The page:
With so many new and unique restaurants popping up on every corner, shoppers are demanding the same quality of design from a shopping centre food precinct as they do from their favourite 5 star eatery. Gone are the days of just grabbing a burger and some chips as you rush through the retail precinct. People expect more than just a food court hidden somewhere within the mall with cramped seating and the smell of grease. They want somewhere to meet with friends, take a break, re-energise and maybe get their kids out of their hair while they enjoy a gourmet sandwich and a coffee. Food precincts offer the unique experience of quick, convenient and casual dining with quality design, fresh air, sunshine and a relaxing environment— a little oasis within the shopping centre.
As architects and designers, our role is to plan these precincts in a way that will ultimately activate the shopping centre. i2C has developed a few key elements that should be considered during the planning stage.
The addition of a food precinct should encourage traffic into the shopping centre rather than hinder it. Though the intention is to influence people to walk through the space and entice them to stay, the main entry should still always be conveniently accessed. Provision should be made for walkways that bypass the seating areas and lead shoppers directly into the centre. Entrances should be clearly visible with adequate clearance in order for both dining patrons and customers to move safely from the car park to the shopping centre.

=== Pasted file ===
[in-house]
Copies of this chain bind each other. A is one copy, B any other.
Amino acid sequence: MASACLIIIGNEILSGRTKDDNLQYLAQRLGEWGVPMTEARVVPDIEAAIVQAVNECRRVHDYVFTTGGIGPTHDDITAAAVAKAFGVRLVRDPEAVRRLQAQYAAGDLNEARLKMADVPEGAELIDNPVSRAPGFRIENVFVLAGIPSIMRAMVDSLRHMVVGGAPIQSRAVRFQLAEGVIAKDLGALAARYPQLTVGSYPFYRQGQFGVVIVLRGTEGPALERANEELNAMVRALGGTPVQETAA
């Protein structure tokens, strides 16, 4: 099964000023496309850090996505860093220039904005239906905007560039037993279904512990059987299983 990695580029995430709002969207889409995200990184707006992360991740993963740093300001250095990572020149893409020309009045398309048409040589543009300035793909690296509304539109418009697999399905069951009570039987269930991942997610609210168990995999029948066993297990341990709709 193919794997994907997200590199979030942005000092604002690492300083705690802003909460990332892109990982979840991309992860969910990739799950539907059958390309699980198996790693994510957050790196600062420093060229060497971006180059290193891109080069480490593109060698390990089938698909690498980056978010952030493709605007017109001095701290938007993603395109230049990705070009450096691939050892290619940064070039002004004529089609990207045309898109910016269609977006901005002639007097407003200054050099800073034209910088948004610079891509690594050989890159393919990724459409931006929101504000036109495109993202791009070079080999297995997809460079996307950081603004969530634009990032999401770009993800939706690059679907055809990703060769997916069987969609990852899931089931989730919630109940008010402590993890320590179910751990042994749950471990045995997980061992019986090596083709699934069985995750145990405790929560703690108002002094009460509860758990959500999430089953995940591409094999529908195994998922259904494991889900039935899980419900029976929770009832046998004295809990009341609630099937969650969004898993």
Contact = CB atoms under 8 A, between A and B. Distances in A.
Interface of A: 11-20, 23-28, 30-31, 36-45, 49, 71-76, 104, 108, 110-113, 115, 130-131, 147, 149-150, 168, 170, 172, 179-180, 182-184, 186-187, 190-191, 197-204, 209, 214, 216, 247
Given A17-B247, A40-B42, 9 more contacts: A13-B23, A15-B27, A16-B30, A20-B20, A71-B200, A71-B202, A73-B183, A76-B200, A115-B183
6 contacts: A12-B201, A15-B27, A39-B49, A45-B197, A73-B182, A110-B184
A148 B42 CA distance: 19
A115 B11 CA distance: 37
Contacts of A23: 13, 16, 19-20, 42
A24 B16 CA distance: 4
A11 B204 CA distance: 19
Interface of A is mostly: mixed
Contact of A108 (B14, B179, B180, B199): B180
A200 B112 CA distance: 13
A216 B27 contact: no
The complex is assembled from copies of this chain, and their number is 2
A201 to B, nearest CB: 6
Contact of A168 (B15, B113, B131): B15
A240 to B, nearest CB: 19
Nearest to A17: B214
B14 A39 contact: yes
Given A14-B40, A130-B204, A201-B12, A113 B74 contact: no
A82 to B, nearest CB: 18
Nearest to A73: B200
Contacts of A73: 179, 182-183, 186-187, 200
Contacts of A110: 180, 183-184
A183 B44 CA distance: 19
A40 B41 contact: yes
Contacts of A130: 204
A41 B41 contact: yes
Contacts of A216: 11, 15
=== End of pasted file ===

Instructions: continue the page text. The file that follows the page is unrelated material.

Food precincts and shopping centre entrances are co-dependent. On one hand, restaurants and external seating areas activate the zone near the entry and entice customers to come to the shopping centre. Equally important, mall entries generate a significant amount of traffic in themselves, making sitting outside more desirable for dining patrons. People like to be seen, especially if it’s at the new, trendy place-to-be!
Mall entrances should entice patrons
Wayfinding is key. From a design point of view, there’s merit in creating pockets of seating with intimate zones, walkways and other unique design elements, but people still need to be able to navigate through it all to get to the ultimate destination- the shopping centre. The purpose of a food precinct is to draw attention, meaning it’s typically located just off the car park near an entry. When planning this type of area, it’s important to build space in for passage. Footpaths need to be clearly defined with adequate clearances, especially when situated among seating. The intention is to avoid confusion otherwise customers will become frustrated and be less likely to return, while ensuring the near by car park is concealed from those enjoying the dining experience.